Bilateral relations with Tiraspol evolved along the same scenario. Soon after he had declared Transdnistrian conflict resolution as one of his top priorities, President Voronin discovered that breakaway leaders took the provisions of the 1997 Memorandum providing for equality of the parties equality, rather seriously. President Voronin wielded heavy pressure on the Tiraspol regime, which as mentioned above has failed. Under given circumstances, when there is one year left until elections, authorities have nothing but to follow the old tradition and make concessions. This time concessions are made under the cover of the so-called “asymmetric federation”, which President Voronin wanted so badly.

Possible outcomes

Under Kremlin’s Memorandum the representation of Gagauz-Yeri (4 Senate mandates per 100,000 citizens with the right to vote) and Transdnistria (9 mandates per 400,000 citizens) in the Senate, the most important institution of the would-be federation, would be 7 and 4 times higher than that of Chisinau (13 mandates per 2,400,000 citizens). Having said that, would anybody dare say that the proposed federation is not asymmetric!

Secondly, the draft Memorandum provides for a ten-year transition period, wherein asymmetry would be applied not only in Senate representation, but also in decision-making, i.e. by a majority of 3/4 out of the total number of mandates. Therefore, Tiraspol on its own would be able to veto any legal act, and this even without Gagauz-Yeri. However, this time asymmetry would work against Chisinau. Moreover, senators would be entitled to an imperative mandate, i.e. Transdnistria and Gagauz representatives shall vote as Tiraspol and respectively Comrat chooses to, otherwise risking to be recalled and replaced with others, more loyal to the cause pursued by the relevant subjects. Those are some additional measures aimed at ensuring the much-wanted asymmetry.

Thirdly, throughout transition, federation subjects would preserve their own state institutions, whereas all the shocks of transitions would be attributed to the so-called “federal territory”, i.e. what remains of the Republic of Moldova. The latter would have to take the blow and experience the effects of state structural reforms enforced within the framework of an unprecedented model Russian experts came up with. Moldovan authorities are already known for their ability to promote reforms, the more so as the state structure proposed by the Russian Federation is unique. Moreover, the latter is to comprise elements that were in open confrontation during the last 15 years.

Viewed from this perspective, Moscow’s compromise variant on the one hand enables Chisinau to use the adjective asymmetric against such a noun as federation, and on the other, guarantees Transdnistria and Gagauz statehood and on top of that entitles them to decide on internal matters of the “federal territory”.

And last but not least, the 12 yeas of independence have proved that in Moldova nothing is more stable than transition. The prerogatives Tiraspol and Comrat are to receive would allow them to decide on how long transition is to last on the federal territory, it may well happen that it would last until asymmetric federation would have totally discredited itself. And this because federal structures wouldn’t have any control mechanism over the federation subjects, as the law enforcement forces would exist as separate units. Indeed, Chisinau would be entitled to one lever — each time to appeal to the Memorandum authors in Moscow asking them to interfere and pursue federation subjects to comply with the Memorandum provisions. However, such a mechanism is far from being appropriate to a sovereign and independent state.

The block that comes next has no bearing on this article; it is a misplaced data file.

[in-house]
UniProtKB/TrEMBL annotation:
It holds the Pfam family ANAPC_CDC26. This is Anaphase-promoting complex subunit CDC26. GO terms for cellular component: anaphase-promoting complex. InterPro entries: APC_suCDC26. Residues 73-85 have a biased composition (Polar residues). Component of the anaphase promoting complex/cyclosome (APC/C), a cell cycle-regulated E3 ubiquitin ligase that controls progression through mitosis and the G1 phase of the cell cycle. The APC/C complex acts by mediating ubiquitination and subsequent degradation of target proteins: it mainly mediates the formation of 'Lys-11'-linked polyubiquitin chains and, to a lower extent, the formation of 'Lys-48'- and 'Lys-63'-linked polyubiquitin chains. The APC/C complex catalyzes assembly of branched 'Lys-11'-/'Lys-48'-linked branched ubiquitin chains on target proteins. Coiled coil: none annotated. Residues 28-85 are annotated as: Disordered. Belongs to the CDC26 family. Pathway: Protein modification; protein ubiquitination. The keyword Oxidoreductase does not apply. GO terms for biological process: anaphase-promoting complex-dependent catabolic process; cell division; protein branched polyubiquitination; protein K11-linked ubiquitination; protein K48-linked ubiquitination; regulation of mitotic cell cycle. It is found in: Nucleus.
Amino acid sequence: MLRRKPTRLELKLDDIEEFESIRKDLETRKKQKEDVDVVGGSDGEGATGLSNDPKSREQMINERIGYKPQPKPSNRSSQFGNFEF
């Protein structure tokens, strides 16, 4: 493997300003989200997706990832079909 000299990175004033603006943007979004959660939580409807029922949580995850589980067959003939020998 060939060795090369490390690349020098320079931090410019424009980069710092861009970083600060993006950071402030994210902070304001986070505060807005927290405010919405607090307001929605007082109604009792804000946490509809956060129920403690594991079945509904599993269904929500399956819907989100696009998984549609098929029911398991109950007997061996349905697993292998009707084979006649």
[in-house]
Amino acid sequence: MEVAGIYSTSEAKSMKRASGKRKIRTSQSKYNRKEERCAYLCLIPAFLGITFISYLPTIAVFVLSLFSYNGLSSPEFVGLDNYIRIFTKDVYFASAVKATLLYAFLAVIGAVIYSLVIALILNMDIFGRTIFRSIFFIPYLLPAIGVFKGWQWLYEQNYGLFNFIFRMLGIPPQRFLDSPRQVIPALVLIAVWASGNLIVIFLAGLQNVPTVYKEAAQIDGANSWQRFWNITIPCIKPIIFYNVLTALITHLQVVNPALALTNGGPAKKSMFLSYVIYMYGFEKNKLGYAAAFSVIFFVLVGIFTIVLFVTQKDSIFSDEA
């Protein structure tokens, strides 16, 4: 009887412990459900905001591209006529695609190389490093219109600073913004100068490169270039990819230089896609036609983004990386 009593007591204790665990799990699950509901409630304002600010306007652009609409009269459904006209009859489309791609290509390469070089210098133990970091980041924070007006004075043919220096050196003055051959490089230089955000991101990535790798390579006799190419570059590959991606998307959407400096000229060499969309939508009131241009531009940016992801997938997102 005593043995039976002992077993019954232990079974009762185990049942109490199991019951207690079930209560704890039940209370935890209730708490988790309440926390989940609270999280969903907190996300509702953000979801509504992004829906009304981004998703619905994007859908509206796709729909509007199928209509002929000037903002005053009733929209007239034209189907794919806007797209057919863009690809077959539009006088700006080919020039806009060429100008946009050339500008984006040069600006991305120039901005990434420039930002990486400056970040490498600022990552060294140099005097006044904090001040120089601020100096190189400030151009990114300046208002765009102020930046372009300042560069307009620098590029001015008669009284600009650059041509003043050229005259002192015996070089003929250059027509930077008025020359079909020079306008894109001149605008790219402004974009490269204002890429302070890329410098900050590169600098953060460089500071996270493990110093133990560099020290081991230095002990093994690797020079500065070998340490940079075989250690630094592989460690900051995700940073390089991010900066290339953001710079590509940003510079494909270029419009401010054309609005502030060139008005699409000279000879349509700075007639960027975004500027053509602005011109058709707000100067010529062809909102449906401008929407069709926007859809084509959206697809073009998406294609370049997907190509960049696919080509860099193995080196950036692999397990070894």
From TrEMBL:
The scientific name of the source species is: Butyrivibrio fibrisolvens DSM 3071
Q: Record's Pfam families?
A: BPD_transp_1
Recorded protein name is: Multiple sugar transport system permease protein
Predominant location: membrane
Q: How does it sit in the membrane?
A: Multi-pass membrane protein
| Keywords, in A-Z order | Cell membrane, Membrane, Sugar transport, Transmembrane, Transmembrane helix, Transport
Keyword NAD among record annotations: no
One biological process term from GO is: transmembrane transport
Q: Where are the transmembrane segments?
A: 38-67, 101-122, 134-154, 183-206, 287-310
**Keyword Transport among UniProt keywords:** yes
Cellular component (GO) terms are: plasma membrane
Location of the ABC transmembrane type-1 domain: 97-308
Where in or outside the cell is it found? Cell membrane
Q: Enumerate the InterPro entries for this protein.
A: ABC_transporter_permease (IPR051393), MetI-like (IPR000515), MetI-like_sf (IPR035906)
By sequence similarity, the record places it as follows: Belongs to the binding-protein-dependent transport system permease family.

The aforesaid might spur dissatisfaction among the public and might also worsen off the political stability in the country. One may not underestimate negative attitudes of the population towards a federation with a regime, labelled by the official propaganda as a “criminal and Mafia type”. Citizens may rightly wonder whether authorities lied them when they had labelled Tiraspol regime as a criminal one, and if so, then why they had entered in a game with separatists in the first place.

In addition, we should not forget that at the moment there is only one strategic objective that might consolidate the society, namely the Strategy of European Integration. This was confirmed in the President Voronin address to European Union back in 2002 as well as in the Joint Declaration of the three Parliament factions (ruling party and opposition parties alike) signed on November 14 confirming their cohesiveness in pursuing European integration.

A quick look at the Memorandum would suffice to understand that it is far from being able to consolidate the society. Its implementation, as well as military guarantees propositions that followed, undermine the pursuit of European integration strategic goal. Moreover it does no good to the image the country projects abroad, when it agrees to solutions running counter to the publicly stated goal of European integration.

All this because the conflict resolution plan is unilateral, as it comes from a power directly involved in the conflict and promoting its own strategic interests, as well as the interests of Russian citizens who usurped the power on a portion of Republic of Moldova territory. Those interests are quite different from those of the Republic of Moldova. The biased attitude of the Memorandum authors has been disclosed by the proposed federation formula that envisages an asymmetry unfavourable and discriminatory towards the Republic of Moldova. Moreover, Tiraspol has reiterated on numerous occasions that Transdnistria is a “Russian land”. Therefore we should not even dream of Russia’s full support in our European integration efforts, as it promoted the Memorandum and has been the main guarantor of its enforcement

And those are just a few of the risks Republic of Moldova exposes itself to, once it accepts the Memorandum.